Katie Price's Disability Campaign Just Got Government Backing & Here's What It Means

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A campaign started by model and Loose Women panelist Katie Price to give disabled people protection under UK hate-crime laws has been backed today by parliament's Petitions Committee, the BBC reports. Price has been campaigning for this change for the last two years, gaining 200,000 signatures on an online petition she started after her son Harvey was made the target of severe online abuse. Price hopes to raise awareness about the mistreatment of disabled people online, and make it punishable by law.

According to the, there are currently "no specific disability-related criminal offences" written into UK legislation. "There is only that potential increase in sentencing," the website states. Price began her petition to change this in 2017, the Guardian reports, and in Feb. 2018 she stood before parliament's Petitions Committee to argue for a change in the law, including the creation of a register that names the offending online trolls.

Speaking out about the abuse that her son (who is partially blind, autistic, and has Prader-Willi syndrome, the BBC states) has experienced online, Price revealed on ITV’s Peston on Sunday that “Harvey was getting racial abuse, they were mocking him, doing sex videos on him, putting him in t-shirts, and he's got complex special needs. I've got five children but they always pick on him.”

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According to the BBC, MPs have now said that social media giants must “accept responsibility” over the abuse and that self-regulation has “failed disabled people.” Chair of the Petitions Committee, Labour MP Helen Jones, said:

“Harvey's experience is not unique. Social media is rife with horrendous, degrading and dehumanising comments about people with disabilities. The law on online abuse is not fit for purpose and it is truly shameful that disabled people have been forced off social media while their abusers face no consequences."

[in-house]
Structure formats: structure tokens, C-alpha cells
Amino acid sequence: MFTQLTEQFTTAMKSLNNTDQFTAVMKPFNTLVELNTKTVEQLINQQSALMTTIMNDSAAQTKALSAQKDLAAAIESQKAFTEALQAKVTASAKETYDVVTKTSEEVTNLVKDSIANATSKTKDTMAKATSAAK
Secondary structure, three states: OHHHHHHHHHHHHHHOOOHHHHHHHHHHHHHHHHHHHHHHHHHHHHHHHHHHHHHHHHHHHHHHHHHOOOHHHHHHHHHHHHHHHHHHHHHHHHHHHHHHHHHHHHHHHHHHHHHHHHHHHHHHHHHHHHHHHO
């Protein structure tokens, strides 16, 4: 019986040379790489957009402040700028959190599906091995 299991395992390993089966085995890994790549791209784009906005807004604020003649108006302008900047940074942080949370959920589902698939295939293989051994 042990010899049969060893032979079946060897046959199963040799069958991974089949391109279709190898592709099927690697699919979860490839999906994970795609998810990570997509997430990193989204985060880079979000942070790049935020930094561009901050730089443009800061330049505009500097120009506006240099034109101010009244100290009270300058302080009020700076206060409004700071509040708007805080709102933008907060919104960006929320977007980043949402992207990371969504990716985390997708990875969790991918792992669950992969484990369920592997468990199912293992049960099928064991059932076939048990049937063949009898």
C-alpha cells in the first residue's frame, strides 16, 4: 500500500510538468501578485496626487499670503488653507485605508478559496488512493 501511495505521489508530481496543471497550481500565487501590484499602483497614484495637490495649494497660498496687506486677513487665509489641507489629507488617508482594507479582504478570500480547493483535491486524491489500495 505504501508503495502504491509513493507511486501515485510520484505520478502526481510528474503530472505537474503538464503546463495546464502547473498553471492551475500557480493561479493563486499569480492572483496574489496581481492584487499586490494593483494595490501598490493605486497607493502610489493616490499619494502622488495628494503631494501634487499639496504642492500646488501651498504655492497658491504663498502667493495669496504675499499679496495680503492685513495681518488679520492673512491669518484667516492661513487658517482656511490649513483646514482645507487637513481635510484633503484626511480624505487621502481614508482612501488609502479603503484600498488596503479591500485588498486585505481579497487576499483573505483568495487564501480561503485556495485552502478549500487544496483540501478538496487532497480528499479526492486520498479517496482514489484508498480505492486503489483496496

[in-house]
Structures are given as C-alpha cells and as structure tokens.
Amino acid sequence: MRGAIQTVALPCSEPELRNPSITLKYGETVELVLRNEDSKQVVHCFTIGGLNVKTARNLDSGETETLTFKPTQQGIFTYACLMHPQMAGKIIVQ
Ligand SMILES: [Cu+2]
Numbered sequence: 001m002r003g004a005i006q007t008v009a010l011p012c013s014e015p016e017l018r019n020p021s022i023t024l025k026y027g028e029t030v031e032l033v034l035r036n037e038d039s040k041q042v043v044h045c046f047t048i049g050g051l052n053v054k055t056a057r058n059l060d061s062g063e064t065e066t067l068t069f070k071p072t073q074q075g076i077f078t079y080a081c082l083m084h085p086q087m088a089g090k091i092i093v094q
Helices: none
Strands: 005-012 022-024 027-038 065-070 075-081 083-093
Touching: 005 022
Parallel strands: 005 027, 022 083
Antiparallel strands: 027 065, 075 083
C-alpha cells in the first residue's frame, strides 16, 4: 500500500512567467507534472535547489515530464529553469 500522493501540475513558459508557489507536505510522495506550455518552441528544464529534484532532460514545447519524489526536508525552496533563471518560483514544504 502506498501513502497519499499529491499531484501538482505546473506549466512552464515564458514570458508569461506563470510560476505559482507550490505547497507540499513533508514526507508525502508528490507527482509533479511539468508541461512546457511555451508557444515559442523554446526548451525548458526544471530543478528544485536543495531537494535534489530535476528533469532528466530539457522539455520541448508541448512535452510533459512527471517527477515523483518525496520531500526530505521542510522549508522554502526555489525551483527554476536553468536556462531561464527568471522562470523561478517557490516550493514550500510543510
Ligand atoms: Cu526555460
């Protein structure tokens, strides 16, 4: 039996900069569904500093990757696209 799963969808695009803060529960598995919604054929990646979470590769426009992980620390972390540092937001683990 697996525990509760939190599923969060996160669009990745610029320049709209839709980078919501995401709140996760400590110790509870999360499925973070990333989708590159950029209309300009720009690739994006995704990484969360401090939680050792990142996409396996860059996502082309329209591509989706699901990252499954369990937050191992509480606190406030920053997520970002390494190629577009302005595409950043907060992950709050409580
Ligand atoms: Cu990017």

According to the Metro, during her Feb. 2018 speech to the Petition's Committe, Price said of her son:

"He’s so innocent, he wouldn’t even know how to hit back or defend himself. I don’t understand what goes through [the abusers'] minds to even want to do it. All he talks about is trains and frogs. Some people wanted to see how many retweets they got, how many people thought it was funny. If these people actually met him, they would want to cry. They would feel so guilty."

Price’s petition prompted many disabled people to speak out about their own experiences of abuse and trolling, the BBC says. Earlier today, Price posted on Instagram, saying: "The support has been unbelievable so far for #HarveysLaw this is for everyone out there who has ever Been a victim of online bullying. We WILL make the difference. Thankyou to all of the MPs and the select committee for backing this important campaign to me and my family- this is for you Harvey."

In a report published today, MPs have made a number of recommendations in regards to how disabled people can be better protected under the law. The BBC reported that these included giving disabled people the same protections under hate-crime laws as those who have been make the target of abuse due to their religion or race. In addition, MPs suggested that a similar check as the one used for child sex offenders should be created so that employers can see whether a person has previously been convicted of a disability-related hate crime.